Large independent broker-dealers continue to make headway with recruits

DOL fiduciary rule is having some impact, but advisers are still moving within the industry

May 1, 2017 @ 2:41 pm

By Bruce Kelly

+ Zoom

After a strong recruiting year in 2016, large broker-dealers continued to ring up recruiting gains in the first quarter.

For example, Ameriprise Financial Inc. said that close to 100 veteran advisers moved their practices to the firm in the first quarter, compared to 77 in the prior quarter.

Commonwealth Financial Network continued to attract advisers, snagging advisers producing about $15 million in total revenue — known as gross dealer concession in the industry — for the second consecutive quarter, according to a senior executive at the firm.

And LPL Financial Holdings Inc. said that it added 95 advisers in the quarter, but those gains were tallied only after excluding the previously discussed large departures of advisers — 118 — related to institutional clients and client separations. With a net loss of 23 advisers in the quarter, LPL's newest total of advisers now numbers 14,354.

There is no doubt the landscape for recruiting brokers has changed in the past 12 months. The large wirehouses have pulled back on their largest recruiting packages because of the DOL fiduciary rule that prohibits tying compensation to sales incentives. And independent firms are focusing much more on the profitability of advisers they recruit, not just assets under management.

At the start of the year, brokerage executives were mixed in their assessment of how recruiting would kick off in 2017, particularly because of the DOL rule, which has been delayed at least until June.

Were advisers thinking about moving to larger, more established independent broker-dealers because of their resources to to adapt to the new DOL rule? Or would they simply stay put and delay moving until there is more clarity about the rule?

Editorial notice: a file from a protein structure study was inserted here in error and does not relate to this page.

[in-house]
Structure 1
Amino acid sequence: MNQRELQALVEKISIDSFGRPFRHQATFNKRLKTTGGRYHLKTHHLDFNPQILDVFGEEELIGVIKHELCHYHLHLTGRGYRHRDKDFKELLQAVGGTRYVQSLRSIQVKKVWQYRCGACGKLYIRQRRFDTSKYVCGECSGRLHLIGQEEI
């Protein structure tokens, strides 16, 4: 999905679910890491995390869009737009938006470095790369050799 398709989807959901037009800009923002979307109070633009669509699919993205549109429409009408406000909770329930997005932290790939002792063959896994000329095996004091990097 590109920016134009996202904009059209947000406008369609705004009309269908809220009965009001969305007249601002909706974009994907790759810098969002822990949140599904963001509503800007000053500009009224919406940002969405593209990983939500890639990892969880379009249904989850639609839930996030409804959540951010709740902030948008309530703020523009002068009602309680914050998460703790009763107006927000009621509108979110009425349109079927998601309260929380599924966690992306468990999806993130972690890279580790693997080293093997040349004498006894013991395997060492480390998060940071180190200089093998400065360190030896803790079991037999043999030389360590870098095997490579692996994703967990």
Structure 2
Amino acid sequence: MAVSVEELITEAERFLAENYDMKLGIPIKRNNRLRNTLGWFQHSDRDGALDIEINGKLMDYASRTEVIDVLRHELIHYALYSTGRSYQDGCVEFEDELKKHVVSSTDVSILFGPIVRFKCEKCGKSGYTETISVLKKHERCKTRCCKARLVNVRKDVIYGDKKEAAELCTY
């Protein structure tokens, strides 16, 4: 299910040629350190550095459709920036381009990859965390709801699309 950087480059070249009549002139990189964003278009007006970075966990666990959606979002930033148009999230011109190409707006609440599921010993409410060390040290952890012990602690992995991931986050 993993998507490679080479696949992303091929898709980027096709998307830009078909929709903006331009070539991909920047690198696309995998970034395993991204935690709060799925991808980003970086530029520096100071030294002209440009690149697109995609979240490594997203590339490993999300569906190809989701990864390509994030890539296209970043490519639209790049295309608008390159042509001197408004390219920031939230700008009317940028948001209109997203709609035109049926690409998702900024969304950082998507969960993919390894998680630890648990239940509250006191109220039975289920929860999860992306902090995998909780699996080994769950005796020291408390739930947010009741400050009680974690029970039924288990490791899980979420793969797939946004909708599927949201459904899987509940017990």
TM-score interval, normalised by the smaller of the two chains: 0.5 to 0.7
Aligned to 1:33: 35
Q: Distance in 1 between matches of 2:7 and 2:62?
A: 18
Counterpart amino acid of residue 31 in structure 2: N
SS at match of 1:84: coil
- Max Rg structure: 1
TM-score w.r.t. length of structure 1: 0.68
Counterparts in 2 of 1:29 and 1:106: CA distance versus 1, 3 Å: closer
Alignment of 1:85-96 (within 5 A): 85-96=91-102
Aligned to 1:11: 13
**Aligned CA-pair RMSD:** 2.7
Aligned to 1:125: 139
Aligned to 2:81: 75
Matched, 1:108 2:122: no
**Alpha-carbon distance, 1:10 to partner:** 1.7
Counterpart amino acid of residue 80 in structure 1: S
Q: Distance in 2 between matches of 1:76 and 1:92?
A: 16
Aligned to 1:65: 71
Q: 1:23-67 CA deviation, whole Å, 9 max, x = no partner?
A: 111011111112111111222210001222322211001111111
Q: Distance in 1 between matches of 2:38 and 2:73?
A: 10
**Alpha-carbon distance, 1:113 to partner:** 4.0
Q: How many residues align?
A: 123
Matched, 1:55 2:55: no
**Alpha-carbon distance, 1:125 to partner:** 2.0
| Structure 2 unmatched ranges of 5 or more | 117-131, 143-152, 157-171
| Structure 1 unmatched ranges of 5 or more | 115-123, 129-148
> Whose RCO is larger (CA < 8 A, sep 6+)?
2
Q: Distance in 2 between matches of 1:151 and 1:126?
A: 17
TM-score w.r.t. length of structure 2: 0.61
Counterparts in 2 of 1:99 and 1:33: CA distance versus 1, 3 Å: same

Both theories remain prevalent, said Jonathan Henschen, an industry recruiter.

"One reason I see reps changing firms is because, with the DOL, their broker-dealers are not allowing commission products in qualified accounts, retirement accounts," he said. "They want to move now because of changes at the broker-dealer due to the DOL."

"Others are complaining about changes at their B-D, like increased costs for advisory administrative fees or mark ups on third-party money managers with fewer managers on the platform," Mr. Henschen said. "But I've also seen quite a few reps who are in limbo because of the DOL. They have a wait-and- see mentality."

Regardless, large firms continued to gain traction with recruiting over the first quarter.

"I'm proud that Ameriprise has become a top destination for advisers who are looking to grow and adapt in a dynamic environment," said Ameriprise Financial CEO James Cracchiolo on a conference call with analysts on April 25 to discuss first-quarter earnings. "And the productivity of our more recent hires is about 20% higher than advisers recruited a year ago, and our pipeline looks good."

"On the recruiting front, we continue to see good adviser movement across what I would call the independent and employee-based channels we typically recruit from, so that's encouraging," said Matt Audette, LPL's chief financial officer.

"The DOL is more a point of curiosity," said Andrew Daniels, managing principal of business development at Commonwealth. "It's not at the forefront of what's driving people to move to Commonwealth. Advisers are moving to find a better platform to support their business."

"The advisers we have always attracted are not significantly affected by the changes coming with the DOL rule," Mr. Daniels added. "They are already doing largely advisory-based business, the adviser as portfolio manager, for example."

Despite success to start the year, there's no crystal ball when it comes to attracting new advisers to a firm, he noted. "I feel good about the rest of the year in recruiting, but who knows?"

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